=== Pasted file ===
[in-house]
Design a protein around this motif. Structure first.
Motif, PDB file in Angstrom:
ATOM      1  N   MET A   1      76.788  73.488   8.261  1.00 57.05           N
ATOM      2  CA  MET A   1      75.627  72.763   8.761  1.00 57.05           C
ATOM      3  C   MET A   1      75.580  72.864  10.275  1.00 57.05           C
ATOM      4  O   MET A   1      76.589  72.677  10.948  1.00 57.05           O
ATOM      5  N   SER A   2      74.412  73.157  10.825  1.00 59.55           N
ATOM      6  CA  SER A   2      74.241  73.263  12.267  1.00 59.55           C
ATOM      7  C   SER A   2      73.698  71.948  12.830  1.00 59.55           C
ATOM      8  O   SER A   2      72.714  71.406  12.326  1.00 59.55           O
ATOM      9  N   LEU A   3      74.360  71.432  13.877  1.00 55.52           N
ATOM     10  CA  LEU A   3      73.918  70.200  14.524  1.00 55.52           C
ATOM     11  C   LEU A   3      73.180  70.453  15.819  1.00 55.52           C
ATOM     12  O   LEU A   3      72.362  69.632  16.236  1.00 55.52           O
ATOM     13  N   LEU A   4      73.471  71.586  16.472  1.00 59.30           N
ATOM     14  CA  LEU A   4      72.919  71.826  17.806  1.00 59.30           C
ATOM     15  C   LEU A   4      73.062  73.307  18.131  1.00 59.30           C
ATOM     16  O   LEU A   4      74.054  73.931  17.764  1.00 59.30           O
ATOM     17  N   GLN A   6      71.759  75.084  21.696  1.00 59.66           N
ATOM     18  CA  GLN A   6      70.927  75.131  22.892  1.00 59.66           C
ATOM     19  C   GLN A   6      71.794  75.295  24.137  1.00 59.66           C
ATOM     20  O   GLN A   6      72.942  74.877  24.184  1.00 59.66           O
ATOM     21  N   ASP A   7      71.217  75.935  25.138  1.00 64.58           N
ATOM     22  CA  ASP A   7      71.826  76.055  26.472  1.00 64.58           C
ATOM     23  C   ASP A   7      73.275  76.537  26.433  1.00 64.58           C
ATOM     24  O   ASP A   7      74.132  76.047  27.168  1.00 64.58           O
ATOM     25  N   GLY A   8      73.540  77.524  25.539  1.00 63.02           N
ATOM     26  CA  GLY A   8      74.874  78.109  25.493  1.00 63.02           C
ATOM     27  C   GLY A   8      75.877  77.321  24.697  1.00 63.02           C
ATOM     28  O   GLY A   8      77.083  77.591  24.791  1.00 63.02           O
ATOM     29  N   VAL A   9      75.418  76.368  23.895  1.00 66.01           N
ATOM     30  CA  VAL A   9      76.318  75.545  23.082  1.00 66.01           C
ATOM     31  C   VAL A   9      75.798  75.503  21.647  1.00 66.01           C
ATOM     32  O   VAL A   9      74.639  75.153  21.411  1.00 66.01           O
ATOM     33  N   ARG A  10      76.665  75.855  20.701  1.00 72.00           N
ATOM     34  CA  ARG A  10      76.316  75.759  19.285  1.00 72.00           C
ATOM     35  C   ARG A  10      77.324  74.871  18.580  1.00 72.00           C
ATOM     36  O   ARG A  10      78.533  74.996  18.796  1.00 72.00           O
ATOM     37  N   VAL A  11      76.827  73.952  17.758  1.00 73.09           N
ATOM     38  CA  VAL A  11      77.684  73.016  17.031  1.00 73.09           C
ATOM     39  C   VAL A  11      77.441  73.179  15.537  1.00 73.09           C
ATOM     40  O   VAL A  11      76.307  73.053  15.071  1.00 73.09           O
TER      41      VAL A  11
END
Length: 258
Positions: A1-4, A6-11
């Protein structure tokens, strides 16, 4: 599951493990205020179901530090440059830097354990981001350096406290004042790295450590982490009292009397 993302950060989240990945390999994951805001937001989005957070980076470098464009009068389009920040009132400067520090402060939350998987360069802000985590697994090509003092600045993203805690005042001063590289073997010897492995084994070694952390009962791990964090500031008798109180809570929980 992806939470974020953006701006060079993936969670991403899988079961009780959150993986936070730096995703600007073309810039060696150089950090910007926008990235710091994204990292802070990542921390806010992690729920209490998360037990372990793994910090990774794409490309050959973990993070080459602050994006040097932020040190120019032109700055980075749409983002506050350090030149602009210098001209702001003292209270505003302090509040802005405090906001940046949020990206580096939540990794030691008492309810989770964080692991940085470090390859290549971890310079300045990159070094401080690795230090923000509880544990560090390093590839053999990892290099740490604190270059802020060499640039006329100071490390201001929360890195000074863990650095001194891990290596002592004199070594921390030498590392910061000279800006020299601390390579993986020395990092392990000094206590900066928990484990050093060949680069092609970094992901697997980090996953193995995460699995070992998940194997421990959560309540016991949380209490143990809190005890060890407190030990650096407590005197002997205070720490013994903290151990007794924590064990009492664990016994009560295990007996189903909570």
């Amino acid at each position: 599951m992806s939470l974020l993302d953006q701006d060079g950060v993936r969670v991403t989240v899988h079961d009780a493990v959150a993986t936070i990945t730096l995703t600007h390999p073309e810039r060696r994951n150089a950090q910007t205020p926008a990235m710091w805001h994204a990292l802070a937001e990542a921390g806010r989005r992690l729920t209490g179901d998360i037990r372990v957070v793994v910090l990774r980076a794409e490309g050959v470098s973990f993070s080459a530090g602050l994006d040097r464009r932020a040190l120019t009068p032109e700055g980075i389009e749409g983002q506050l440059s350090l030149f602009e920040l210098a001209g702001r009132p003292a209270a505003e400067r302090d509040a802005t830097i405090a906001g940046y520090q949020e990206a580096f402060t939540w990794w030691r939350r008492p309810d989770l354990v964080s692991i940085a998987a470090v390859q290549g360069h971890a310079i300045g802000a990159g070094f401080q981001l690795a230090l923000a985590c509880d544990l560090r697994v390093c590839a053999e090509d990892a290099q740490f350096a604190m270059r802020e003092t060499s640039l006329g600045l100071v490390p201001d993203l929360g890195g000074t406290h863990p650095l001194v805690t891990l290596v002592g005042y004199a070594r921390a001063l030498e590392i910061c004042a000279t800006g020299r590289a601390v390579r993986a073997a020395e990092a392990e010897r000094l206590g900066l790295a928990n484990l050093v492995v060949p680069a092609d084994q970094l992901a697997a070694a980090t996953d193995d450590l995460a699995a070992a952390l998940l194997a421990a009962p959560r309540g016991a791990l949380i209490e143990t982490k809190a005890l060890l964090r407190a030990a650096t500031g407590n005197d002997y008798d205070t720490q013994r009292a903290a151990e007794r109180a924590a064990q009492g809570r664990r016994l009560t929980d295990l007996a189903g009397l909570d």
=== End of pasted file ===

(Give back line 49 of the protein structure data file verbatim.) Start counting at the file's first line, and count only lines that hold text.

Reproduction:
């Amino acid at each position: 599951m992806s939470l974020l993302d953006q701006d060079g950060v993936r969670v991403t989240v899988h079961d009780a493990v959150a993986t936070i990945t730096l995703t600007h390999p073309e810039r060696r994951n150089a950090q910007t205020p926008a990235m710091w805001h994204a990292l802070a937001e990542a921390g806010r989005r992690l729920t209490g179901d998360i037990r372990v957070v793994v910090l990774r980076a794409e490309g050959v470098s973990f993070s080459a530090g602050l994006d040097r464009r932020a040190l120019t009068p032109e700055g980075i389009e749409g983002q506050l440059s350090l030149f602009e920040l210098a001209g702001r009132p003292a209270a505003e400067r302090d509040a802005t830097i405090a906001g940046y520090q949020e990206a580096f402060t939540w990794w030691r939350r008492p309810d989770l354990v964080s692991i940085a998987a470090v390859q290549g360069h971890a310079i300045g802000a990159g070094f401080q981001l690795a230090l923000a985590c509880d544990l560090r697994v390093c590839a053999e090509d990892a290099q740490f350096a604190m270059r802020e003092t060499s640039l006329g600045l100071v490390p201001d993203l929360g890195g000074t406290h863990p650095l001194v805690t891990l290596v002592g005042y004199a070594r921390a001063l030498e590392i910061c004042a000279t800006g020299r590289a601390v390579r993986a073997a020395e990092a392990e010897r000094l206590g900066l790295a928990n484990l050093v492995v060949p680069a092609d084994q970094l992901a697997a070694a980090t996953d193995d450590l995460a699995a070992a952390l998940l194997a421990a009962p959560r309540g016991a791990l949380i209490e143990t982490k809190a005890l060890l964090r407190a030990a650096t500031g407590n005197d002997y008798d205070t720490q013994r009292a903290a151990e007794r109180a924590a064990q009492g809570r664990r016994l009560t929980d295990l007996a189903g009397l909570d």